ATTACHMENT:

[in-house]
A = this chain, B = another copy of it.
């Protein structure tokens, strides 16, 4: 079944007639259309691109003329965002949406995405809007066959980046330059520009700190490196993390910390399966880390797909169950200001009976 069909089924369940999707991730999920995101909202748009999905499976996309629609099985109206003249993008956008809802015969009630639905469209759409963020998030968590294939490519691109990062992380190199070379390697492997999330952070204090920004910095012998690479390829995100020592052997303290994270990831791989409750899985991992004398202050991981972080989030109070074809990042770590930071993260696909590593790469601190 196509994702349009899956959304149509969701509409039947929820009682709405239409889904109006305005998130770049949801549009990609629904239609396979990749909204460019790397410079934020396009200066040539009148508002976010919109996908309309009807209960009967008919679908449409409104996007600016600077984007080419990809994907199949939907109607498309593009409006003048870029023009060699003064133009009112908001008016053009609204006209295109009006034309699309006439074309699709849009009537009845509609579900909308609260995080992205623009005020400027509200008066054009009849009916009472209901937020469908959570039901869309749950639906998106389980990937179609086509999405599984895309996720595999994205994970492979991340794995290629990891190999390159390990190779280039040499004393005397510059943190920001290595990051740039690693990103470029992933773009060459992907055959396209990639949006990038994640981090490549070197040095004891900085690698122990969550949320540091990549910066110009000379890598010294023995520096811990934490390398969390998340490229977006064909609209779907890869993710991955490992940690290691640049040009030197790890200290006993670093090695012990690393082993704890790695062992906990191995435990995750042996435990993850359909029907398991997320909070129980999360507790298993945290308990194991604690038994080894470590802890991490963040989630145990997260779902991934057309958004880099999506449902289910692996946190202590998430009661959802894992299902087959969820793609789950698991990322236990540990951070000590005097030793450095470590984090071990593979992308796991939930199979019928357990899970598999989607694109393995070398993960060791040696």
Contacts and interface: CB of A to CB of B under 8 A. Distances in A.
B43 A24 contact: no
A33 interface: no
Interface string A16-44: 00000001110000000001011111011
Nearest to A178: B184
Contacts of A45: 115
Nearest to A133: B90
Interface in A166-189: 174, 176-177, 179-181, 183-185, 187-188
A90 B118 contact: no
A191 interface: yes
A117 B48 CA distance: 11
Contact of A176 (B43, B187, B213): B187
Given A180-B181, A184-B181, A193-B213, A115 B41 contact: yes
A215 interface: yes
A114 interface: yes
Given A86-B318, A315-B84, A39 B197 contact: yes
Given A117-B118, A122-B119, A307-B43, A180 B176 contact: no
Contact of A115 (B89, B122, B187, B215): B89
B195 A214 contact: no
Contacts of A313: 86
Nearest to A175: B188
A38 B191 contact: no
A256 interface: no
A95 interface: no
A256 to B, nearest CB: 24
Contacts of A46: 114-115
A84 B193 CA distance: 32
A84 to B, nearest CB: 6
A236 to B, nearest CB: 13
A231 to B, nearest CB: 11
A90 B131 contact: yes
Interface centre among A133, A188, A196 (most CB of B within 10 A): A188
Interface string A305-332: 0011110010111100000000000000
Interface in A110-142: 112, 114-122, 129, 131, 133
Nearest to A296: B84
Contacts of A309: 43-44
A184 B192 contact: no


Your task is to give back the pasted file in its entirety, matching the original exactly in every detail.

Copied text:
[in-house]
A = this chain, B = another copy of it.
């Protein structure tokens, strides 16, 4: 079944007639259309691109003329965002949406995405809007066959980046330059520009700190490196993390910390399966880390797909169950200001009976 069909089924369940999707991730999920995101909202748009999905499976996309629609099985109206003249993008956008809802015969009630639905469209759409963020998030968590294939490519691109990062992380190199070379390697492997999330952070204090920004910095012998690479390829995100020592052997303290994270990831791989409750899985991992004398202050991981972080989030109070074809990042770590930071993260696909590593790469601190 196509994702349009899956959304149509969701509409039947929820009682709405239409889904109006305005998130770049949801549009990609629904239609396979990749909204460019790397410079934020396009200066040539009148508002976010919109996908309309009807209960009967008919679908449409409104996007600016600077984007080419990809994907199949939907109607498309593009409006003048870029023009060699003064133009009112908001008016053009609204006209295109009006034309699309006439074309699709849009009537009845509609579900909308609260995080992205623009005020400027509200008066054009009849009916009472209901937020469908959570039901869309749950639906998106389980990937179609086509999405599984895309996720595999994205994970492979991340794995290629990891190999390159390990190779280039040499004393005397510059943190920001290595990051740039690693990103470029992933773009060459992907055959396209990639949006990038994640981090490549070197040095004891900085690698122990969550949320540091990549910066110009000379890598010294023995520096811990934490390398969390998340490229977006064909609209779907890869993710991955490992940690290691640049040009030197790890200290006993670093090695012990690393082993704890790695062992906990191995435990995750042996435990993850359909029907398991997320909070129980999360507790298993945290308990194991604690038994080894470590802890991490963040989630145990997260779902991934057309958004880099999506449902289910692996946190202590998430009661959802894992299902087959969820793609789950698991990322236990540990951070000590005097030793450095470590984090071990593979992308796991939930199979019928357990899970598999989607694109393995070398993960060791040696």
Contacts and interface: CB of A to CB of B under 8 A. Distances in A.
B43 A24 contact: no
A33 interface: no
Interface string A16-44: 00000001110000000001011111011
Nearest to A178: B184
Contacts of A45: 115
Nearest to A133: B90
Interface in A166-189: 174, 176-177, 179-181, 183-185, 187-188
A90 B118 contact: no
A191 interface: yes
A117 B48 CA distance: 11
Contact of A176 (B43, B187, B213): B187
Given A180-B181, A184-B181, A193-B213, A115 B41 contact: yes
A215 interface: yes
A114 interface: yes
Given A86-B318, A315-B84, A39 B197 contact: yes
Given A117-B118, A122-B119, A307-B43, A180 B176 contact: no
Contact of A115 (B89, B122, B187, B215): B89
B195 A214 contact: no
Contacts of A313: 86
Nearest to A175: B188
A38 B191 contact: no
A256 interface: no
A95 interface: no
A256 to B, nearest CB: 24
Contacts of A46: 114-115
A84 B193 CA distance: 32
A84 to B, nearest CB: 6
A236 to B, nearest CB: 13
A231 to B, nearest CB: 11
A90 B131 contact: yes
Interface centre among A133, A188, A196 (most CB of B within 10 A): A188
Interface string A305-332: 0011110010111100000000000000
Interface in A110-142: 112, 114-122, 129, 131, 133
Nearest to A296: B84
Contacts of A309: 43-44
A184 B192 contact: no